8 Factors that Can
Affect Your Fertility
It’s no secret that a woman’s fertility decreases with age; as women get older, the number of functioning follicles
or eggs in her ovaries decreases. Yet even during the most fertile years, lifestyle choices, health issues and
external factors can make conception more difficult. Here, DR KELLY LOI of the Health & Fertility Centre for
Women shares some of the main issues affecting the ability of couples to conceive.
Smoking has an adverse impact on the fertility of both men and women. For women, smoking is harmful to the ovaries,
accelerates egg loss and may reduce the age of menopause by several years. Studies indicate that smoking can
predispose eggs to genetic abnormalities and increase the risk of miscarriage, and possibly of ectopic pregnancy. For
men, smoking is associated with abnormalities in the quality and quality of sperm production. Smoking can also lead to
impotence by causing damage to blood vessels, resulting in weak and ineffective erections.
For women, some medications can affect ovulation and cause periods to be irregular. For men, some medications may
affect sperm quality.
#3 High cholesterol
High cholesterol levels may impair fertility in couples trying to achieve a pregnancy, according to a study by
researchers at the National Institutes of Health, the University at Buffalo and Emory University in the US. In the
study, couples in which each partner had high cholesterol took the longest time to conceive; couples in which the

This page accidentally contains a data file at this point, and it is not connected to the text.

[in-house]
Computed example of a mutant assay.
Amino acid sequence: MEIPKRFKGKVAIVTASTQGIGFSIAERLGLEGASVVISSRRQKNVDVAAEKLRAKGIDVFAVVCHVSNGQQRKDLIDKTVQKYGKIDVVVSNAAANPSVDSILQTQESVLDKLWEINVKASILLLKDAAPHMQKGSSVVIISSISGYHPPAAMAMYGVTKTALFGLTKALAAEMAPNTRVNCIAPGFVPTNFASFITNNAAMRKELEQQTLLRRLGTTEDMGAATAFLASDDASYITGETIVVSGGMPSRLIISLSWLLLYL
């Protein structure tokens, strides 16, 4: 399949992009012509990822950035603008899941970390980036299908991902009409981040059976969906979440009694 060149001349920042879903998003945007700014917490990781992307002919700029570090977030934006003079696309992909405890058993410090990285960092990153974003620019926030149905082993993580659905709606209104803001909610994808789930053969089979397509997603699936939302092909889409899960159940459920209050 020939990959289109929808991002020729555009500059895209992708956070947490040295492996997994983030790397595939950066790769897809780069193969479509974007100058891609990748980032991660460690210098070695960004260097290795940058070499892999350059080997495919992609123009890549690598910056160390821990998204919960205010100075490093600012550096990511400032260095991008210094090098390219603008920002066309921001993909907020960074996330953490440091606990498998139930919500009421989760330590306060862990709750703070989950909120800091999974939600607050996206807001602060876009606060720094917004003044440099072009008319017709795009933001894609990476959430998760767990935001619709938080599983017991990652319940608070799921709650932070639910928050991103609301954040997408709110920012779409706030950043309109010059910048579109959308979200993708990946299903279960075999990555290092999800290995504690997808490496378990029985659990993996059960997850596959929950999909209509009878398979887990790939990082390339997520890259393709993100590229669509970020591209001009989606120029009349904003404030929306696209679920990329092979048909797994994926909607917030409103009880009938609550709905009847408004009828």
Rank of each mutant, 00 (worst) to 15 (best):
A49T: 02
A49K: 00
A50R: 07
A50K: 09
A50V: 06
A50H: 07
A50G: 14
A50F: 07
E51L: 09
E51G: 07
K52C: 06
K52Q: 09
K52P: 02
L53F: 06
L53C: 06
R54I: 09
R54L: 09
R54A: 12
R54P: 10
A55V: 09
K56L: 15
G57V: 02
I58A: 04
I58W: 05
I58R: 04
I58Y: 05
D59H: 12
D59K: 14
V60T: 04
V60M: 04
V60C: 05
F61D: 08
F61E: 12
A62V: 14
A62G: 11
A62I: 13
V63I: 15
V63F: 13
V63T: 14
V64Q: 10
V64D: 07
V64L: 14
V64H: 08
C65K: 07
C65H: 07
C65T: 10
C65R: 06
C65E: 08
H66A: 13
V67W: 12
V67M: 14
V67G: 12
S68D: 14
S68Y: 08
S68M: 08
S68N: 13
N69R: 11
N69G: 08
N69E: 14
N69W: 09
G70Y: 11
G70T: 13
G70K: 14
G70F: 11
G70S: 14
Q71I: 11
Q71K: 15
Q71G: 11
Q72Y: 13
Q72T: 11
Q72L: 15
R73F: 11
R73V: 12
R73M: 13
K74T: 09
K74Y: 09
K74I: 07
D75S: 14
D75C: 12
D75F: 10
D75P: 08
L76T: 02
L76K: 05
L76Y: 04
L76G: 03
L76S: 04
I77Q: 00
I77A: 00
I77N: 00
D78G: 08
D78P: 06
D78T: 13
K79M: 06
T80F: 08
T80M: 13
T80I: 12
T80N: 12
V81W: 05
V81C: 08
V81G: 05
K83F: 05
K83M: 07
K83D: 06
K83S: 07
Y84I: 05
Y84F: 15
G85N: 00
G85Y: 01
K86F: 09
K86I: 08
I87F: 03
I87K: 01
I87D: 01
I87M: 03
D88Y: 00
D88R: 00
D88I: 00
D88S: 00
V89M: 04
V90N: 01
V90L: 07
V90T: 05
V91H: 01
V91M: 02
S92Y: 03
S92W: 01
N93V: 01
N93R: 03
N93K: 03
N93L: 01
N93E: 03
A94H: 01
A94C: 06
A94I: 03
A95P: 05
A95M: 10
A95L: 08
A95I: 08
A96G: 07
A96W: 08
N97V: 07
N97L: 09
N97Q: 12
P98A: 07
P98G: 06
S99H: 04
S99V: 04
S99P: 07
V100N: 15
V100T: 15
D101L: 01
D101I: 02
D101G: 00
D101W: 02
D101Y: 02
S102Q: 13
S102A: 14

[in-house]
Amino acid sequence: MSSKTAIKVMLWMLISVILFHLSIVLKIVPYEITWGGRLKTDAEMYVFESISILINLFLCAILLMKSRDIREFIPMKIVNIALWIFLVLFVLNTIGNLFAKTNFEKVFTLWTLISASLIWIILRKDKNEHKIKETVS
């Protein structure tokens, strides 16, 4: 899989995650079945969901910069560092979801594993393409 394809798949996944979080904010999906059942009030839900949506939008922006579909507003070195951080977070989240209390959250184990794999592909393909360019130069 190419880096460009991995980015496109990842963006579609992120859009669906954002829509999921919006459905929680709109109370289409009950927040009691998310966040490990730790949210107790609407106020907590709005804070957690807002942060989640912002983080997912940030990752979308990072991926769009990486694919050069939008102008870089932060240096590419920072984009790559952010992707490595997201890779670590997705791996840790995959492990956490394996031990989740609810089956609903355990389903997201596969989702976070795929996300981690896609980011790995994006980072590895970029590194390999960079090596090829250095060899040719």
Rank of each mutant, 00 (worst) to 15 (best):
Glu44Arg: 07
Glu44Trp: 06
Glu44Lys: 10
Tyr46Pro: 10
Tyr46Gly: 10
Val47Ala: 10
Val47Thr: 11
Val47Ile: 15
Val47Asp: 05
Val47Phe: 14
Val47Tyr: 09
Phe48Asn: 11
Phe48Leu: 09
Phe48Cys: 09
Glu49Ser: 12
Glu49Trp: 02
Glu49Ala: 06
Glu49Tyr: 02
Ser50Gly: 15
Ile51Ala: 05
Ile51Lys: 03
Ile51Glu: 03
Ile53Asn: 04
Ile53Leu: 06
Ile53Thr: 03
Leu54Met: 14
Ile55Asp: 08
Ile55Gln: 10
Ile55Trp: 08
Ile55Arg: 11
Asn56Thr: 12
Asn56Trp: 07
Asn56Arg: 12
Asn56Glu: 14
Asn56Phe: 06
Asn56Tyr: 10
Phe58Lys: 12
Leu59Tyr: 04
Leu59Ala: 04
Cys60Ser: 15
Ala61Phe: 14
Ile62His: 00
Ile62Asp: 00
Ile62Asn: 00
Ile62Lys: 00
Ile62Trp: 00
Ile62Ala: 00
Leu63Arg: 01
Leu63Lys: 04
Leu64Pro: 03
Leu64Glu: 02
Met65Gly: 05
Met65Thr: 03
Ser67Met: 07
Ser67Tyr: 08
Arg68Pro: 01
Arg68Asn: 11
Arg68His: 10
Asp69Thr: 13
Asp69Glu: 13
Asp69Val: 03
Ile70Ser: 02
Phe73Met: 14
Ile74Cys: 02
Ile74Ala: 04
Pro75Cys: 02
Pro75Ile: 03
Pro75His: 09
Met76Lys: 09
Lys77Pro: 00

woman had high cholesterol and the man didn’t also took longer to conceive when compared to couples in which both
partners had cholesterol levels in the acceptable range.
Stress is difficult to quantify, but we do know that too much stress is bad, as it can have an adverse effect on
libido, menstrual cycles and ovulation.
#5 Alcohol intake
Heavy drinking can definitely affect fertility, increasing the length of time it takes to get pregnant and reducing
the chances of having a healthy baby. In females, the likelihood of heavy or irregular menstrual periods, miscarriage
and infertility is greater when alcohol is consumed above the guideline levels (no more than two standard drinks a
day: Bradley et al, 1998). In fact, the Australian National Health and Medical Research Council’s alcohol guidelines
suggest that, for women who are pregnant or planning a pregnancy, not drinking is the safest option.
A study from the Netherlands found that, for every BMI unit over 29, the chance of pregnancy was reduced by four
percent when compared with women whose BMIs were between 21 to 29. Women who were severely obese, with BMIs between 35
and 40, had up to 43 percent less chance of achieving pregnancy compared with women whose BMI was below 29.
Depending on the size and location of a uterine fibroid, it could affect fertility.
#8 Unhealthy gums
In one study, women with healthy gums conceived sooner than those with gum disease. The women with healthy gums became
pregnant within five months, compared with just over seven months for women with gum disease. However, more research
is needed in this area.